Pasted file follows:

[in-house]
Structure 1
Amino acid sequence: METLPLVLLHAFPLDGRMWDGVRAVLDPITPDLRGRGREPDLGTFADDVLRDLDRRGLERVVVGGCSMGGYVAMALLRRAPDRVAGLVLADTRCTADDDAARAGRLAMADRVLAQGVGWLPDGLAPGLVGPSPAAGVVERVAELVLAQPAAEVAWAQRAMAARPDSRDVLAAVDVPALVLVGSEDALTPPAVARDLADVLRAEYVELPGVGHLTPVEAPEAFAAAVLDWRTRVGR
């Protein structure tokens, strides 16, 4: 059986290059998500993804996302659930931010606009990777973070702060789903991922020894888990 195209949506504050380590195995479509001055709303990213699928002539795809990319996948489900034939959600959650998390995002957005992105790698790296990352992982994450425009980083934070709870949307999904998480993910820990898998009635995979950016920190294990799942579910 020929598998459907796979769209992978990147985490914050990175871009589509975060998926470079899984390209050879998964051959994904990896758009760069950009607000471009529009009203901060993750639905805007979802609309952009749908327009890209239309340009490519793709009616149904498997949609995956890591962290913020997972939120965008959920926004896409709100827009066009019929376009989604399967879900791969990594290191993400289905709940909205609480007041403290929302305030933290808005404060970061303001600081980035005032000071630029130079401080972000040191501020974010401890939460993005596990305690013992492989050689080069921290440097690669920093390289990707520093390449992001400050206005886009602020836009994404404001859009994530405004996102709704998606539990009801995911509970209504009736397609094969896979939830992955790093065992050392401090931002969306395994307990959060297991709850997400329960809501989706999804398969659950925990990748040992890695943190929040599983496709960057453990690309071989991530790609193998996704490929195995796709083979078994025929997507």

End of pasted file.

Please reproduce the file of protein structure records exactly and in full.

[in-house]
Structure 1
Amino acid sequence: METLPLVLLHAFPLDGRMWDGVRAVLDPITPDLRGRGREPDLGTFADDVLRDLDRRGLERVVVGGCSMGGYVAMALLRRAPDRVAGLVLADTRCTADDDAARAGRLAMADRVLAQGVGWLPDGLAPGLVGPSPAAGVVERVAELVLAQPAAEVAWAQRAMAARPDSRDVLAAVDVPALVLVGSEDALTPPAVARDLADVLRAEYVELPGVGHLTPVEAPEAFAAAVLDWRTRVGR
């Protein structure tokens, strides 16, 4: 059986290059998500993804996302659930931010606009990777973070702060789903991922020894888990 195209949506504050380590195995479509001055709303990213699928002539795809990319996948489900034939959600959650998390995002957005992105790698790296990352992982994450425009980083934070709870949307999904998480993910820990898998009635995979950016920190294990799942579910 020929598998459907796979769209992978990147985490914050990175871009589509975060998926470079899984390209050879998964051959994904990896758009760069950009607000471009529009009203901060993750639905805007979802609309952009749908327009890209239309340009490519793709009616149904498997949609995956890591962290913020997972939120965008959920926004896409709100827009066009019929376009989604399967879900791969990594290191993400289905709940909205609480007041403290929302305030933290808005404060970061303001600081980035005032000071630029130079401080972000040191501020974010401890939460993005596990305690013992492989050689080069921290440097690669920093390289990707520093390449992001400050206005886009602020836009994404404001859009994530405004996102709704998606539990009801995911509970209504009736397609094969896979939830992955790093065992050392401090931002969306395994307990959060297991709850997400329960809501989706999804398969659950925990990748040992890695943190929040599983496709960057453990690309071989991530790609193998996704490929195995796709083979078994025929997507």